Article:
As happy as I was, and as much as I was drawing for thesis, writing poems, and working in Television. I still never felt like I was writing for myself. Poems felt more like a necessity to cope rather than a creative expression. Lucky for me, a group of Chapman alum had started a pop culture magazine and were looking for writers. I applied and got brought on as one. I started in TV but within a short while was writing for film, podcasts, and music as well! My 15-year-old self felt validated and overjoyed to be writing reviews. I showed my thesis and graduated a couple of months later. I had submitted some poems and even applied to write for a different music magazine.

I took the summer off and ended up securing a job as a writer for the aforementioned music magazine. In my existential dread, I took an unpaid internship in Malibu for a producer. I stayed at that job for about two weeks before realizing I absolutely hated it and couldn’t stay. Thankfully for me, my boss from my internship senior year had asked me to interview for a Mike Judge show on the Sony lot. I somehow, someway got the position and thus secured my first job in animation. To this day it was one of the most wonderful experiences I’ve ever had, and I made more friends than I ever thought. During my time on that show, I was bouncing back between poems and both magazines. I thought I was fulfilled and happy until the similar feelings of not writing for myself had crept up.

By November, my job on the Sony lot was coming to a close and I had applied to an open Dreamworks position on a whim. I didn’t get that job, but after another four interviews in three weeks, I was offered a temp position. While I was working at my temp job I was coming home at night and writing screenplay ideas, and a couple of articles in between to fill that intrinsic void. Then, in December, I was offered a full-time position at Dreamworks Feature and I practically took it with tears in my eyes.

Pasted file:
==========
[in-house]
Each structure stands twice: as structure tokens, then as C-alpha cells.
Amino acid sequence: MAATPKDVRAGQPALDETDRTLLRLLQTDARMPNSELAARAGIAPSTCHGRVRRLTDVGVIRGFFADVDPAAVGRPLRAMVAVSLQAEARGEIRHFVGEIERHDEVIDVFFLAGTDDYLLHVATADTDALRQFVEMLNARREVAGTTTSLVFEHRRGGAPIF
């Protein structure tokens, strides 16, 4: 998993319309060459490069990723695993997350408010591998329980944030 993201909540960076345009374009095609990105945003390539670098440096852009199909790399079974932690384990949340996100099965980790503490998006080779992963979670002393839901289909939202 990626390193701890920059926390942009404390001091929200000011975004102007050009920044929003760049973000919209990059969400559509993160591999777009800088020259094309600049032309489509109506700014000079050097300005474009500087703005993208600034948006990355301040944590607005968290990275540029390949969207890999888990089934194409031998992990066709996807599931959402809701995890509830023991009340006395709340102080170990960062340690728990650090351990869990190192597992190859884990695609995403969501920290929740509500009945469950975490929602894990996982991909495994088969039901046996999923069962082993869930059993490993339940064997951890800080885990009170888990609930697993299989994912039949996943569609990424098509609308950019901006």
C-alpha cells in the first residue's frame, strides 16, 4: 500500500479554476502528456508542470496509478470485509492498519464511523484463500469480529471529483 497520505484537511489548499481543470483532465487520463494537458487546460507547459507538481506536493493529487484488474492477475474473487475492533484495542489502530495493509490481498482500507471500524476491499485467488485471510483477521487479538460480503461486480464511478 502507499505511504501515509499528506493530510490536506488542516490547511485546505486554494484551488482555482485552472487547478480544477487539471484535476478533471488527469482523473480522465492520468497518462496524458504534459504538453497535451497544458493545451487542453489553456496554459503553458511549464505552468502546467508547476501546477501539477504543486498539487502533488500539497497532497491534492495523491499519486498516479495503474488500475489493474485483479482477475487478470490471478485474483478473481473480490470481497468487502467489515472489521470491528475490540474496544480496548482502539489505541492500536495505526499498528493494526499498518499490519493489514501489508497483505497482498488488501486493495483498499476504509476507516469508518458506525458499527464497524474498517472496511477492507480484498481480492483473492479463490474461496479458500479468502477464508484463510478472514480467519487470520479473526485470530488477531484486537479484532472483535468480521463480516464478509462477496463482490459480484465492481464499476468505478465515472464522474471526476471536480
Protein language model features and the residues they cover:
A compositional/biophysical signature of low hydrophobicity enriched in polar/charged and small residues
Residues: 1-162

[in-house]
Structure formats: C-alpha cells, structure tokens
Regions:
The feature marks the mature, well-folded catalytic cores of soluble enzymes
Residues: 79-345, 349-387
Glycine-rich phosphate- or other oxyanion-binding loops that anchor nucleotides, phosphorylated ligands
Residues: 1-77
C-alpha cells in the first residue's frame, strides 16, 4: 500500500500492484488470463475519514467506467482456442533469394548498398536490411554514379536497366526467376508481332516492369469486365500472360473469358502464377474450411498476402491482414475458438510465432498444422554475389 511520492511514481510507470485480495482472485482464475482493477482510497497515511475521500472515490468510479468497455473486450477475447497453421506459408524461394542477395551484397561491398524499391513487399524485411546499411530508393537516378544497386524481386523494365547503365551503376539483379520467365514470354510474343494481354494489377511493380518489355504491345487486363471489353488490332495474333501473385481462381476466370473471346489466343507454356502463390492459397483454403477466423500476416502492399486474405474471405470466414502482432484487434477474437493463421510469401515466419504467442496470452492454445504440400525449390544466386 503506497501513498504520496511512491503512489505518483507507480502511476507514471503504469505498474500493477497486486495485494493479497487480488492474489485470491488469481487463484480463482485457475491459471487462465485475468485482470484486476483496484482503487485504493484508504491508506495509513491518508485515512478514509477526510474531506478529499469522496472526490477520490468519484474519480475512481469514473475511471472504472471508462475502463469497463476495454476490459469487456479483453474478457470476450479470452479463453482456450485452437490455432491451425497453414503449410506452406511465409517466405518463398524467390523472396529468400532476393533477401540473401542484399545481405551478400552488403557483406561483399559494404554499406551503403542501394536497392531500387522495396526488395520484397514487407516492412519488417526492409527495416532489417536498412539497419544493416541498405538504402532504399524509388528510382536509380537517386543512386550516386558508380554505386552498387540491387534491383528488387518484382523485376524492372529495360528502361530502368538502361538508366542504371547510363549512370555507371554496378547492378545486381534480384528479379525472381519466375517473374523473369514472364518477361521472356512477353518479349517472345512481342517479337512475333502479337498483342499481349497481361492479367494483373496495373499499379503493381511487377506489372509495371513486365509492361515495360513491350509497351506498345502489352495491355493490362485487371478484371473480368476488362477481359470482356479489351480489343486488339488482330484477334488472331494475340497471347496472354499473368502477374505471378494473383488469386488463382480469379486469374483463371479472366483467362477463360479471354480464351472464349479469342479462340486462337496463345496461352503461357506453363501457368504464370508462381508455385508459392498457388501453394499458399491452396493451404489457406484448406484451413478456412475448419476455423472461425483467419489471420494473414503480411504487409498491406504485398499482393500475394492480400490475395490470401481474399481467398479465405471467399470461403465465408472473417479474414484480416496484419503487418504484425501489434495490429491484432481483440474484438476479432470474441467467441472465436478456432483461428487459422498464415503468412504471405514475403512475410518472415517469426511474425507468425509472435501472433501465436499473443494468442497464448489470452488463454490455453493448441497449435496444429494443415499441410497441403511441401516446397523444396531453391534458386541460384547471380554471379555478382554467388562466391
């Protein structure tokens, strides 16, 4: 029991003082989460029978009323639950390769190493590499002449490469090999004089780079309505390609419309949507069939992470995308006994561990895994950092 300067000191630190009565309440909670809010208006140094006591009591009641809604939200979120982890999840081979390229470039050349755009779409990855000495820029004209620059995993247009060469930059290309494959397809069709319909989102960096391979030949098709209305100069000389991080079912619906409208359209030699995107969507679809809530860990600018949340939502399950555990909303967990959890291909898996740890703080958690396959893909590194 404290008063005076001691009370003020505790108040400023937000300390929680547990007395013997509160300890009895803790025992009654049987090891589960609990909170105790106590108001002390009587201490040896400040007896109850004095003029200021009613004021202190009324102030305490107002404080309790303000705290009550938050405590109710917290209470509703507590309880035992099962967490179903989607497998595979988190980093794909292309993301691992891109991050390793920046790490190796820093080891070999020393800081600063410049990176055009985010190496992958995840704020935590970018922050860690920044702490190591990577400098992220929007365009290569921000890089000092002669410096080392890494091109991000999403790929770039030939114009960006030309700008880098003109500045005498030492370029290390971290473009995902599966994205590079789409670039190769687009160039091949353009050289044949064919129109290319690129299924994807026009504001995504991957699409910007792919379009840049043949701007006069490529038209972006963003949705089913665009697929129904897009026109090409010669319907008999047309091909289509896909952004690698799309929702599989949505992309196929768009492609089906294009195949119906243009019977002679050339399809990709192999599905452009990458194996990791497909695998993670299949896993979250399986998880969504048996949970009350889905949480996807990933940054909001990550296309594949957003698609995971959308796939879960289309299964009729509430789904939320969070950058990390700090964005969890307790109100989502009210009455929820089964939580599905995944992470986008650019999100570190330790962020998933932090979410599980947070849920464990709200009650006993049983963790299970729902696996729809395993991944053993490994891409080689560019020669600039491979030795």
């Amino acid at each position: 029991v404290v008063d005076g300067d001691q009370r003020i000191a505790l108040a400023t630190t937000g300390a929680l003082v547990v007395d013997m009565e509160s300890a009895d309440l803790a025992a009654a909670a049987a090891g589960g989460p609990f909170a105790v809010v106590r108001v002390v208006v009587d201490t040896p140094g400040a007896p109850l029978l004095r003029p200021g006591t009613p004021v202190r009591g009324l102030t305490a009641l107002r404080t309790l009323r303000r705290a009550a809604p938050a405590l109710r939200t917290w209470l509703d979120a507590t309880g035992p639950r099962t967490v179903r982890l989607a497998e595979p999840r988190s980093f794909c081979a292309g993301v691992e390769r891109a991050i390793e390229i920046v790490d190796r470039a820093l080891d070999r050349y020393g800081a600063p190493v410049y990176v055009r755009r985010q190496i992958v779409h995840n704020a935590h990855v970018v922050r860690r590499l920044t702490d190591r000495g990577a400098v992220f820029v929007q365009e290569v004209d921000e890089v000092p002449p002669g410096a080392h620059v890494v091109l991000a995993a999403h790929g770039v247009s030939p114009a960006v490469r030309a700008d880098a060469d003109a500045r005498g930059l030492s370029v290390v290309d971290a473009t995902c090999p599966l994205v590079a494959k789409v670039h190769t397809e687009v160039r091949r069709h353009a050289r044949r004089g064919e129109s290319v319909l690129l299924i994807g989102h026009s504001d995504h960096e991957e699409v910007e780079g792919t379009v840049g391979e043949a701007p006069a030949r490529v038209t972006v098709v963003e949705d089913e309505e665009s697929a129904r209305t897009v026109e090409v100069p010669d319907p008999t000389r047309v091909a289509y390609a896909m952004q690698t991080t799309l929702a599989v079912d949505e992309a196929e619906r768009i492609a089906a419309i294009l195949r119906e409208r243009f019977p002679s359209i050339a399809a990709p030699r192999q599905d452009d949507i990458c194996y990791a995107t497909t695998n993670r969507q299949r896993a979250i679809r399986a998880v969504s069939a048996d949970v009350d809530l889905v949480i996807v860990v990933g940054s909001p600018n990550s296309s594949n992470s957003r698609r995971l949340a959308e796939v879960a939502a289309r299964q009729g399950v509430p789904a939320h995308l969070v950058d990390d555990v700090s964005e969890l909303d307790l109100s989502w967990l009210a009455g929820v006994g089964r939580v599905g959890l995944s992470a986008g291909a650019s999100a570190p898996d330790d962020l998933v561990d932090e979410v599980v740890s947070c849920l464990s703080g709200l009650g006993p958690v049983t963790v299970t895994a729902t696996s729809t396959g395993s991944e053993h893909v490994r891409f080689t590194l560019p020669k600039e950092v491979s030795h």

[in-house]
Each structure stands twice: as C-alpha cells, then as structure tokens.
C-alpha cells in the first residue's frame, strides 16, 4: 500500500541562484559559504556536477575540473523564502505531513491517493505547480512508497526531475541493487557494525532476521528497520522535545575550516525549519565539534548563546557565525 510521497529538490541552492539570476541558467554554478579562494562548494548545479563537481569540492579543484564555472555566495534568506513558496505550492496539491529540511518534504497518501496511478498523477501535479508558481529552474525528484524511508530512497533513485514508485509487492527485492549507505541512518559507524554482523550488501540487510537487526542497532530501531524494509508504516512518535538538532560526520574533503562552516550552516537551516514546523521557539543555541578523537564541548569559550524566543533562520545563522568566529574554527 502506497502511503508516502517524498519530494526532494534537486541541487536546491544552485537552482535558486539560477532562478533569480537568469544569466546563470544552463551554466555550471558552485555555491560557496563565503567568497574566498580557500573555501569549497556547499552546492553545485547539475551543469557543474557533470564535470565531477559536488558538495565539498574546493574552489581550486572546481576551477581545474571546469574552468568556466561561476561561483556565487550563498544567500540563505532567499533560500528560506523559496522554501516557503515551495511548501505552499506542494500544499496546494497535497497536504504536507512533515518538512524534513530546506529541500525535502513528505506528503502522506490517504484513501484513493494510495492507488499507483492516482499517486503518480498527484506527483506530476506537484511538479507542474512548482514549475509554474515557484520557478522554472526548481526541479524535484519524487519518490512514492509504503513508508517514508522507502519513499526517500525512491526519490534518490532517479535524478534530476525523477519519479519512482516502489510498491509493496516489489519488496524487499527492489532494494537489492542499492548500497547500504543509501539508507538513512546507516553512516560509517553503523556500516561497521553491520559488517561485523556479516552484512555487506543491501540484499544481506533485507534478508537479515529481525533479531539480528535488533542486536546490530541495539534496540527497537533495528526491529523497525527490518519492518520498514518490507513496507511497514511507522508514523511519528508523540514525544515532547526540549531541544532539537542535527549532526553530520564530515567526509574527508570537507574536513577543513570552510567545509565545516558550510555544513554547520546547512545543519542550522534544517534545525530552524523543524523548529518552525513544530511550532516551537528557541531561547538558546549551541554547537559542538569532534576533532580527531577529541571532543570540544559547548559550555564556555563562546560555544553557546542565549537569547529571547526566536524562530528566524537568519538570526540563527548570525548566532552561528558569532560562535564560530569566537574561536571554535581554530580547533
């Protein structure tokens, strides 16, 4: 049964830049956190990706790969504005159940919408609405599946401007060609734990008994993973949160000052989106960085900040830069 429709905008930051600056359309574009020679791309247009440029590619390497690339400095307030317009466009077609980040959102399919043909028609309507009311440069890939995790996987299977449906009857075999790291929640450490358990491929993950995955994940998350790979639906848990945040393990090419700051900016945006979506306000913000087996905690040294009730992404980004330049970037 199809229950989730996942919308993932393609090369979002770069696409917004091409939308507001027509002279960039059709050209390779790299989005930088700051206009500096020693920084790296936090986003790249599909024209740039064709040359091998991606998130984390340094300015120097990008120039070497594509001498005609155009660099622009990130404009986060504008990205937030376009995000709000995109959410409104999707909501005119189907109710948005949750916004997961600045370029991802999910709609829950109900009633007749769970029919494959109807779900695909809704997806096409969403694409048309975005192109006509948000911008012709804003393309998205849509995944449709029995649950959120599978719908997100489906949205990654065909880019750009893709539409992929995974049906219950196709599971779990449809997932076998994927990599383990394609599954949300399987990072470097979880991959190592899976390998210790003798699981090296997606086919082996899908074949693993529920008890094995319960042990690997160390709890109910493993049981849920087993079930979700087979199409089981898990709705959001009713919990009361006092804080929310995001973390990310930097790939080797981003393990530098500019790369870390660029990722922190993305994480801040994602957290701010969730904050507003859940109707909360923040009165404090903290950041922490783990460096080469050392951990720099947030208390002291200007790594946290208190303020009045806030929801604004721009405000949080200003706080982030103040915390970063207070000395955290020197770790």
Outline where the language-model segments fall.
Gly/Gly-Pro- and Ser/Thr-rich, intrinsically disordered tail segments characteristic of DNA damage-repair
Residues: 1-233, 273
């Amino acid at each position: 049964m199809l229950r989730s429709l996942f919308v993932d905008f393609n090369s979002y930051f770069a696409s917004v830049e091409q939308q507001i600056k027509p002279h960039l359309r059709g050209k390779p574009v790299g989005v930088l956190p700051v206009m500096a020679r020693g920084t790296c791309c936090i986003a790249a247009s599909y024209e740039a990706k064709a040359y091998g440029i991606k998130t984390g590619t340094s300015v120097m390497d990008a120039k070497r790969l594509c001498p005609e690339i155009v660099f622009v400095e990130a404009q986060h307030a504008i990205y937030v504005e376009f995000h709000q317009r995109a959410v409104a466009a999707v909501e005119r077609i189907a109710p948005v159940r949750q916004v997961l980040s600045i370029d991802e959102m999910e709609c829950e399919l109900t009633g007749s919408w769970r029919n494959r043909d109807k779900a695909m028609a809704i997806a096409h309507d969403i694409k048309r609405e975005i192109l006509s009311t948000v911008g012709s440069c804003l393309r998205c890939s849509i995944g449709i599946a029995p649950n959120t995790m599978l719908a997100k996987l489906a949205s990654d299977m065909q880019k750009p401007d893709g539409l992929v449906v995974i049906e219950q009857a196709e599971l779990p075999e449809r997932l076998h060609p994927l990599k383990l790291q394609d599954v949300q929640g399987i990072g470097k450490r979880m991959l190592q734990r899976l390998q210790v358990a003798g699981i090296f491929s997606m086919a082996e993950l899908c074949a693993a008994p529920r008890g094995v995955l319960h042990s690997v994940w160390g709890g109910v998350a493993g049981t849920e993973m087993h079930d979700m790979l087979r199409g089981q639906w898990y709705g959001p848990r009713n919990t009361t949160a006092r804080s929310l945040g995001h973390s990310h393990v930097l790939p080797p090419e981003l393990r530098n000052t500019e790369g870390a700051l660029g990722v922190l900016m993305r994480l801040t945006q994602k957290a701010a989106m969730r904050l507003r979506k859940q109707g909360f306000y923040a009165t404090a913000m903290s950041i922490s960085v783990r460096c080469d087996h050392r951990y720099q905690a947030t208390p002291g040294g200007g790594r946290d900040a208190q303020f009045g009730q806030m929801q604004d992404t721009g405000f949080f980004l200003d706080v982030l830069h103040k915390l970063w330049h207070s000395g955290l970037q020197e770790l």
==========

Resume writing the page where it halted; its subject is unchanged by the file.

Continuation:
Right now, I have been working there for about five months, and a, still trying to feed the feeling of writing for myself. I’m still writing articles but also I’ve been writing an autobiographical piece. It’s been a whirlwind, with three jobs in six months and writing all through the night, but I would be lying if I said I wasn’t having a lot of fun.

Overall, has it been relatively smooth? If not, what were some of the struggles along the way?
Oh, it’s been nothing but obstacles, impositions, and people skills you never thought you had. Not to invalidate anyone else’s experience, but I question those who say it’s been a “completely smooth road”. I think one thing for me, however, that has helped me rise above the pettiness and uncertainty is self-congratulation. Although my depression and harrowing self-esteem doesn’t always allow for it, I think just taking a moment to say “I made it through another day, and I can still stand on my own two feet” has been really helpful. To put it crudely, life sucks, so do people, and nothing feels fair. Yet. through all of those notions, you managed to still present yourself to the world and say “here I am”, and that deserves some recognition.